One of the forty-one Benghazi emails released yesterday thanks to the relentless efforts of Judicial Watch is truly shocking.  It is an email from Obama aide Ben Rhodes preparing then U.N. ambassador Susan Rice for her appearances on five Sunday talk shows in the wake of the September 11, 2012 attack. It was on these shows that Ms. Rice erronenously ascribed the attacks to an Internet video.

The email shows that the White House was utterly uninterested in telling the American people the truth about a terrorist attack that took the lives of four Americans, including the first U.S. ambassador slain in the line of duty in three decades.

What did the White House care about? It sounds bad even in the anodyne summary of the Washington Post, which seeks to play down the importance of the email release:

It clearly showed a White House top priority was to shield Obama from criticism less than two months before voters decided whether to give him a second term.

The top priority, it goes without saying, should have been informing the public about a terrorist attack on a U.S. installation.

In the email, Rhodes directed Rice to “underscore that these protests [sic] are rooted in an Internet video and not a broader failure of policy.”

Rice’s appearances, in other words, were purely political in nature. The same can likely be said of then-secretary of state Hillary Clinton who stood before the coffins of the Americans who died in Benghazi and said the same thing. At the very least, Rhodes’ email is chilling because nowhere is there any sense of obligation to correctly inform the public about a deadly terrorist attack. This is the White House line and, though we know it to be false, we do not know who at the White House told Rhodes to take this path. 

Ed Morrissey sums up what this email means:

It’s possible to read this as an extension of a sincere belief that the video caused a riot which led to the attack. By the time this e-mail was written, there was plenty of evidence — even in the e-mail chain itself — to show that wasn’t the case, but let’s say for argument’s sake that Rhodes actually thought this argument was valid. The flip side of it is that, since it wasn’t an ad-hoc demonstration that turned into a riot, the takeaway should be that this was the result of “a broader failure or policy” from the Obama administration. Right?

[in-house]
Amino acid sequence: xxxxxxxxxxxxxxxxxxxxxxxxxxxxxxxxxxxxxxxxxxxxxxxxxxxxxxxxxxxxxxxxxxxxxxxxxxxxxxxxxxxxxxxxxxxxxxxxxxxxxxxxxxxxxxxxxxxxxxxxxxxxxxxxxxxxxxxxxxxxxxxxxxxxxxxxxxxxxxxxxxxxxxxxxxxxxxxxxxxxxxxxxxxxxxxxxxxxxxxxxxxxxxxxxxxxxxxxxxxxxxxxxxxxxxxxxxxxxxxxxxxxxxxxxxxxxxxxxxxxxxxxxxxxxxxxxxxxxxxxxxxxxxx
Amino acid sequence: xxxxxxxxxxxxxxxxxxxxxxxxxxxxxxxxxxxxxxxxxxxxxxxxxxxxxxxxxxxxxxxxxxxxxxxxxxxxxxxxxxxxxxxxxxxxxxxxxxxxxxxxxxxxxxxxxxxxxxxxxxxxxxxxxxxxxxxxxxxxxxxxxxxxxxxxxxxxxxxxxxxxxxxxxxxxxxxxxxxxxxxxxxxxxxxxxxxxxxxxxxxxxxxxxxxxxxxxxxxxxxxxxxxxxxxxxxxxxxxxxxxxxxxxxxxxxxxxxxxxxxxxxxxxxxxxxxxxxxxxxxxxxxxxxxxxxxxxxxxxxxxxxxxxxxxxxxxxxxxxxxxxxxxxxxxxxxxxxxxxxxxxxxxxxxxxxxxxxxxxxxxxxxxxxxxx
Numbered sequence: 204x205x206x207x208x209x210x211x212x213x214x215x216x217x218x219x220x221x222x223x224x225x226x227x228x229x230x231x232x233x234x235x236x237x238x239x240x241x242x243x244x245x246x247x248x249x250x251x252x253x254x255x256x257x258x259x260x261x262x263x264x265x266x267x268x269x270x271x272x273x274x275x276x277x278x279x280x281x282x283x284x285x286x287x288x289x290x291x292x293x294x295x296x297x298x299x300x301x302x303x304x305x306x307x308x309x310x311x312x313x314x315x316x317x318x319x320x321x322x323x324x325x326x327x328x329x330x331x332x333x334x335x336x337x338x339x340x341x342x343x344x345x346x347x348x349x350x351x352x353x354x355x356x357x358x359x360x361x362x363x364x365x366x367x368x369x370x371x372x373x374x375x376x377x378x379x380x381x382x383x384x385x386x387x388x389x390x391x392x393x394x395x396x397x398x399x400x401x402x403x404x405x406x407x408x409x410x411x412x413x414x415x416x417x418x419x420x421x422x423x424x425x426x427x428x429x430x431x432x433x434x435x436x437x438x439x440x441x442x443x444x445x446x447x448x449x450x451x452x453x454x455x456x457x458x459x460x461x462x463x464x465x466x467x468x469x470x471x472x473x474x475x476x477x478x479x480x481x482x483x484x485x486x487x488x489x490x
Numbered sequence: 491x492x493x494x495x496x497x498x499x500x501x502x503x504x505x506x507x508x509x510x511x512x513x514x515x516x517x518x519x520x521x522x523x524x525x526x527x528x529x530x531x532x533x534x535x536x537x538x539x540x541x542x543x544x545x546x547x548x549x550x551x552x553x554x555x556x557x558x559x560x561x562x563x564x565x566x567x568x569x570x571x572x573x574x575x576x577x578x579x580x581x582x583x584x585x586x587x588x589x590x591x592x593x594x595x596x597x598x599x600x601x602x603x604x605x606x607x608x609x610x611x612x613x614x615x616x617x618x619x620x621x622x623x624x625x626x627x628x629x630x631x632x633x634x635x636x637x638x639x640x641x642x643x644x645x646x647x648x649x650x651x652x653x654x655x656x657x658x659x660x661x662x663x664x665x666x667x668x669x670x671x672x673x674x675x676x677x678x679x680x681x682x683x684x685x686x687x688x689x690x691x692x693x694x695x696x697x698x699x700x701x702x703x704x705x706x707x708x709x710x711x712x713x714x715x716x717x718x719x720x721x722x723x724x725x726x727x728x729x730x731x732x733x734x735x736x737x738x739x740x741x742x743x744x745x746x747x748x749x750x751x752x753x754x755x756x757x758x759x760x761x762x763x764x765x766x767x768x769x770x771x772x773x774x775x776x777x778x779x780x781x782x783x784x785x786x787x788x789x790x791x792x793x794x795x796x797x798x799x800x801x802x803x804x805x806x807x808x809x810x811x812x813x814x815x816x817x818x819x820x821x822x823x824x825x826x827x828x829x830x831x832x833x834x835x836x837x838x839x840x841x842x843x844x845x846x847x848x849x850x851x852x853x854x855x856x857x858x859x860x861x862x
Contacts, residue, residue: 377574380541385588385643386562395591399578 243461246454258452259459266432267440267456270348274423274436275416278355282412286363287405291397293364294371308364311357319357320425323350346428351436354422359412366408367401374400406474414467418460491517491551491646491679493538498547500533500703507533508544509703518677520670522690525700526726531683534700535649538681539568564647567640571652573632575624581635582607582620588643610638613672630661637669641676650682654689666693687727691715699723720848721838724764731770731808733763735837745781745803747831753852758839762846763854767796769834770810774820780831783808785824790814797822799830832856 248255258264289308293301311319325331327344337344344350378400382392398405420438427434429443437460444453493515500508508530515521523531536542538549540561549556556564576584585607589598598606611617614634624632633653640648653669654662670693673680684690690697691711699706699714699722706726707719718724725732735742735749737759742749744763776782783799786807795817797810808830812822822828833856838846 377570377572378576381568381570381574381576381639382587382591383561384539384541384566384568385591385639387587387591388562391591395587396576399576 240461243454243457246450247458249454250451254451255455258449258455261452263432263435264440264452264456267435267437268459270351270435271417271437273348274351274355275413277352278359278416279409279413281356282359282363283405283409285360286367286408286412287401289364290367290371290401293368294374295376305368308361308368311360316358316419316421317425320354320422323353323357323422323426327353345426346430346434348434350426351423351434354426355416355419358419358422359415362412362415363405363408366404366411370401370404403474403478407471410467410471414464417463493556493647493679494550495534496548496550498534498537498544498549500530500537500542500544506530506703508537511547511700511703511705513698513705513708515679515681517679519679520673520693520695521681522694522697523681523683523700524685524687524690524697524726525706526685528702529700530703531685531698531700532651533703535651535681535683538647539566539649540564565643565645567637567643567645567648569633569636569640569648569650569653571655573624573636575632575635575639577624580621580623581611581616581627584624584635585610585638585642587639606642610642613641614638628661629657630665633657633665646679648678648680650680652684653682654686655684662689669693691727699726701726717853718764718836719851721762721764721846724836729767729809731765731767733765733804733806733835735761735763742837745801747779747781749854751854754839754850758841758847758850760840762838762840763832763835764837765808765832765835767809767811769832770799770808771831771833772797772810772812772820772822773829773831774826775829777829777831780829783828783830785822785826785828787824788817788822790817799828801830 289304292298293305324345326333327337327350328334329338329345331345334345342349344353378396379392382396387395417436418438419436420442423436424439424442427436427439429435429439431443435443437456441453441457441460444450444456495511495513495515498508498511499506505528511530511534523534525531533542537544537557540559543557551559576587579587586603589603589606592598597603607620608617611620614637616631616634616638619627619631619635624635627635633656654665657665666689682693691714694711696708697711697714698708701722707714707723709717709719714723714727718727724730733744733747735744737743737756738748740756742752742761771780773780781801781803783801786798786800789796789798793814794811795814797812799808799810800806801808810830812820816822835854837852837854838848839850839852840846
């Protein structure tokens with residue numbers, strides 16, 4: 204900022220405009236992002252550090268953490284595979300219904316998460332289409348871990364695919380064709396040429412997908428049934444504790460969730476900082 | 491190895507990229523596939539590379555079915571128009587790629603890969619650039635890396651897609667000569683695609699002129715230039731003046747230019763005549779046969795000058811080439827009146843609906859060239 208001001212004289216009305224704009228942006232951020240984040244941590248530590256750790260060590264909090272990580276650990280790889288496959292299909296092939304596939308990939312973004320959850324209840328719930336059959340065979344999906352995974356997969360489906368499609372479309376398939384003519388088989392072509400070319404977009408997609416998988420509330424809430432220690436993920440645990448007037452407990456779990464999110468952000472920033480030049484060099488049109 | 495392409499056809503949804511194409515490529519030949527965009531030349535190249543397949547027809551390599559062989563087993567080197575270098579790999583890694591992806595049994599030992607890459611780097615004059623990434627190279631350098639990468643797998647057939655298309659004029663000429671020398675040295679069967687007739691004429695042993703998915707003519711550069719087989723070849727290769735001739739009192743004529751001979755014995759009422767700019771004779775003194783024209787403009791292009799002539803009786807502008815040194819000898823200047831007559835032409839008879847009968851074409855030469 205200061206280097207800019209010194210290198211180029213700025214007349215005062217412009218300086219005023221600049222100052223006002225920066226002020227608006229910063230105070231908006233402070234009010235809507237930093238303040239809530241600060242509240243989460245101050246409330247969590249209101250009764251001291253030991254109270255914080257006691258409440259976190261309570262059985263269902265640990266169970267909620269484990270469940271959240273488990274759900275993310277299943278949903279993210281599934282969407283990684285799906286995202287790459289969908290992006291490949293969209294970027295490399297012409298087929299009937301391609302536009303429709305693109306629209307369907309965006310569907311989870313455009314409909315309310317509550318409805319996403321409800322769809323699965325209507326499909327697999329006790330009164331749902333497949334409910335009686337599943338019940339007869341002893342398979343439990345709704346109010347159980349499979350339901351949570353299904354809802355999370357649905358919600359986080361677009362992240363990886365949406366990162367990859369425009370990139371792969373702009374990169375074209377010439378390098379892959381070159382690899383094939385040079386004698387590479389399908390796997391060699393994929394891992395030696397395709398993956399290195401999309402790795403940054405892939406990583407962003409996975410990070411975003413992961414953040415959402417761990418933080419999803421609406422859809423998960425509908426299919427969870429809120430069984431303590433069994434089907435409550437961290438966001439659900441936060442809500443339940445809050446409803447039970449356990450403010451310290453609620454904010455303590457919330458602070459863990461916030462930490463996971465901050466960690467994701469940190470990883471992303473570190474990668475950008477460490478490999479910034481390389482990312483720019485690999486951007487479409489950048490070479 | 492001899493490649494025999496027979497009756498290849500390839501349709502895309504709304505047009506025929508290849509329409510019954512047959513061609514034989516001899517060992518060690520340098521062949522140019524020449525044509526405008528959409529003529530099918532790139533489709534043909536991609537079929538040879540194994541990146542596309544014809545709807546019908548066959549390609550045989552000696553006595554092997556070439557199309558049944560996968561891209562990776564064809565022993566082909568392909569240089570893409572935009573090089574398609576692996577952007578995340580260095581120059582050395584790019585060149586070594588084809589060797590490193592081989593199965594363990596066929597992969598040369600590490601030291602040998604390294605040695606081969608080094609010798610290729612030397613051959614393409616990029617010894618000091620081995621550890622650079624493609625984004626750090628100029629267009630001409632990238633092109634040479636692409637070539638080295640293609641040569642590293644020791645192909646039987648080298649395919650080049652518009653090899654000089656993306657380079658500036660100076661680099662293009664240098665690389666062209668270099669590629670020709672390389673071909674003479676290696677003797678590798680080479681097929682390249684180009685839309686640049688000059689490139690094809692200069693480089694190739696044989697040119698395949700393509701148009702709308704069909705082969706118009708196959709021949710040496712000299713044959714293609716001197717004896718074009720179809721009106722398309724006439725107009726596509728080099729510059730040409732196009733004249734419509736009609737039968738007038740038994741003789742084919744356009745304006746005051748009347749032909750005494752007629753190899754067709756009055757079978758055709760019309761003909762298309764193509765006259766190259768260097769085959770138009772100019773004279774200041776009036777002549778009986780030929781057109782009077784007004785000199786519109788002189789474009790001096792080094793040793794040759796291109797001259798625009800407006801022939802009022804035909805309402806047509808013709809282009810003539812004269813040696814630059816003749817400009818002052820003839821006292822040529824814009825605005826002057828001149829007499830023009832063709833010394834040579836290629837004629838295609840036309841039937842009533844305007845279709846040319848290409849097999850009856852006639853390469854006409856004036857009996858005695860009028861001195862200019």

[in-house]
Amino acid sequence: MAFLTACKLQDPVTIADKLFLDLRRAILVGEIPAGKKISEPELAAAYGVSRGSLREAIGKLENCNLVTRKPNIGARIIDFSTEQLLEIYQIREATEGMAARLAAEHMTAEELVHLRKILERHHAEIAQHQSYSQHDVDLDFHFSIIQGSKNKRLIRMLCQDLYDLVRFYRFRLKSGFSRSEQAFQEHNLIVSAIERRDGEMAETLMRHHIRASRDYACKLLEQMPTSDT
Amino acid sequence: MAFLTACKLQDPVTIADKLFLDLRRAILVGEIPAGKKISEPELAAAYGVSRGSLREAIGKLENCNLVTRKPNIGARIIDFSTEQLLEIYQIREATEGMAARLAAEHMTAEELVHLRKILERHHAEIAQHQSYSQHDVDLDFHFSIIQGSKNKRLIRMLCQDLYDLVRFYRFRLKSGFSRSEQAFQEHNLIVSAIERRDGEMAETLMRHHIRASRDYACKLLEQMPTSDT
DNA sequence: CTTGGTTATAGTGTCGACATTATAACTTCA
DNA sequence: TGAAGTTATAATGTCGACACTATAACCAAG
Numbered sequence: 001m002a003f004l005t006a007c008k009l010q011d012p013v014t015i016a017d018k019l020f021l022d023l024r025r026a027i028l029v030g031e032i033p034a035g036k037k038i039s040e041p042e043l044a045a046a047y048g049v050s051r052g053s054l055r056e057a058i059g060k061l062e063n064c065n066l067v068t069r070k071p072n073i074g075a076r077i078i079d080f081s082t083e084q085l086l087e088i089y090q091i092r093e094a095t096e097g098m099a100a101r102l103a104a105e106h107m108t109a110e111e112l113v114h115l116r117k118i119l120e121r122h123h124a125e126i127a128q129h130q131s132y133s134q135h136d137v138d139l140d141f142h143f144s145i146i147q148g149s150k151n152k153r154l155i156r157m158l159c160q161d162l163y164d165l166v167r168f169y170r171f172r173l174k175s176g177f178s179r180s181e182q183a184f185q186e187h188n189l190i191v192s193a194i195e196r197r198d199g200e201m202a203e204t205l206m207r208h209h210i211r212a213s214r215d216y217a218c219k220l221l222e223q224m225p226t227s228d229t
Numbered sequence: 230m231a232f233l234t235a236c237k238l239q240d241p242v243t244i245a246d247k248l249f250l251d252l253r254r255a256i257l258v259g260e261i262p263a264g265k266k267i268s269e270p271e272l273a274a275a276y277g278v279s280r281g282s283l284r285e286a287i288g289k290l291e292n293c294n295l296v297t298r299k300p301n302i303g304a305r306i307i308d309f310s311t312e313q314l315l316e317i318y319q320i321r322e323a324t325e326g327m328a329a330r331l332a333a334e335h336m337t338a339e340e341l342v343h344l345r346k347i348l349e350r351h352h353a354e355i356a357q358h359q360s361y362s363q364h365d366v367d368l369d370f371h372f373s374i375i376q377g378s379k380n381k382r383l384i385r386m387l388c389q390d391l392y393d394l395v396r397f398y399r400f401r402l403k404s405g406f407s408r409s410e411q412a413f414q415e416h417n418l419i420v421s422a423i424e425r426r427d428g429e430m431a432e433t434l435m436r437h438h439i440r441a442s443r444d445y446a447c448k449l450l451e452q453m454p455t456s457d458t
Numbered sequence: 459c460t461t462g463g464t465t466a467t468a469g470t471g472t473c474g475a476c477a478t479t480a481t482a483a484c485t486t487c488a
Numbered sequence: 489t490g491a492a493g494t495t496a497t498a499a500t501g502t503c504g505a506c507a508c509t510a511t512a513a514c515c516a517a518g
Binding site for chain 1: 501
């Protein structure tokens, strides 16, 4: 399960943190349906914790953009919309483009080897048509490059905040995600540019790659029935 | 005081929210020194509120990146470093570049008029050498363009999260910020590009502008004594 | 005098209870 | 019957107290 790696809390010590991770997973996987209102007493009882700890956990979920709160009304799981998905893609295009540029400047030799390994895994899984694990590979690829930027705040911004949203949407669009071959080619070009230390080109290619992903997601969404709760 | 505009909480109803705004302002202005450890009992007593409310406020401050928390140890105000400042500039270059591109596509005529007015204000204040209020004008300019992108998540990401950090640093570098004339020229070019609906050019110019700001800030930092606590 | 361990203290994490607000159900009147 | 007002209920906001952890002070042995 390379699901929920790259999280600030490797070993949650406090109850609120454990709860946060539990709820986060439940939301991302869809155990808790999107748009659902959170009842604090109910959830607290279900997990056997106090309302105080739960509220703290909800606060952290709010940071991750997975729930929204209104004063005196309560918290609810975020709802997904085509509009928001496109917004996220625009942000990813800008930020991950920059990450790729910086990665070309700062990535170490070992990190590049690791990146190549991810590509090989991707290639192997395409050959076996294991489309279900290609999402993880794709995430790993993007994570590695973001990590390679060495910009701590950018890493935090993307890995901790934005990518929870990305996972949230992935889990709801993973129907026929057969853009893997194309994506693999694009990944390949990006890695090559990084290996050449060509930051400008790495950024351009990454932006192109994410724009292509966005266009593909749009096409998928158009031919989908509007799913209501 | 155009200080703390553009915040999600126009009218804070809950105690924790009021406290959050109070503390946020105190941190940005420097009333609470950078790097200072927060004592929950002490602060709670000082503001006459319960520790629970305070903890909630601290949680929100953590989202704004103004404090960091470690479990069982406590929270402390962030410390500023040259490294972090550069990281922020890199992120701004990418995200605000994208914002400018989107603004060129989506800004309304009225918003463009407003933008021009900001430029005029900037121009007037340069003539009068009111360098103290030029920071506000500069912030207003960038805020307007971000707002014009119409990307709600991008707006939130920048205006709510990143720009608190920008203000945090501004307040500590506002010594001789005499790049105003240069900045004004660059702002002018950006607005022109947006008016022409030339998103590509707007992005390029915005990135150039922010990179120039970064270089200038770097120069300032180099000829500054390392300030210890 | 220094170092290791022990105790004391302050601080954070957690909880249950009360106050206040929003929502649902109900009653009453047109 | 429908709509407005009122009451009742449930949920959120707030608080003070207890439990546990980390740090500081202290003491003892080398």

As noted, the Rhodes email cited is only one of the batch released yesterday. Powerline’s John Hindracker has an interesting observation of the emails taken together:

The other striking fact about the emails is the complete absence of Hillary Clinton and Barack Obama. Maybe someone was keeping them informed, but they are never mentioned in the emails (except when someone prepares a statement to be issued under their names). During the crucial hours, they are never referred to. There is no suggestion that they are playing a part; that they are in the loop; that they are making decisions; or that they are, in any way, important players. Maybe there are more emails, not yet disclosed, that would reflect their roles. Or maybe they really were ciphers–seat warmers with no concerns beyond the political, not expected to do anything in an hour of crisis.

Charles Krauthammer said on Fox last night that the email is a “smoking document” indicating “a classic cover-up of a cover-up.” National Review’s Patrick Brennan takes a considerably more restrained approach. It is hard, however, not to see these emails as anything less than a turning point in the Benghazi story. Or it would be a turning point if the press were not so committed still to what Ben Rhodes urged: shielding the president.

Judicial Watch is to be commended. In a way, getting at the truth of what happened in Libya and Washington on the night of the attack and in the immediate aftermath is like trying to do Watergate without Woodward and Bernstein. Without the press, Richard Nixon would have finished his second term.

The press is determined to look the other way now because President Obama is their man. They helped him get into office and a stain on him is a stain on them. But Watergate realigned the media: the Washington Post, which had always been second to the New York Times, became the nation’s top newspaper. Its publisher, editor and reporters were lionized and young people went into the newly-prestigious profession of journalism.

Will the failure of the posh press in Benghazi and so many other matters today lead to yet another realignment of the information firmament?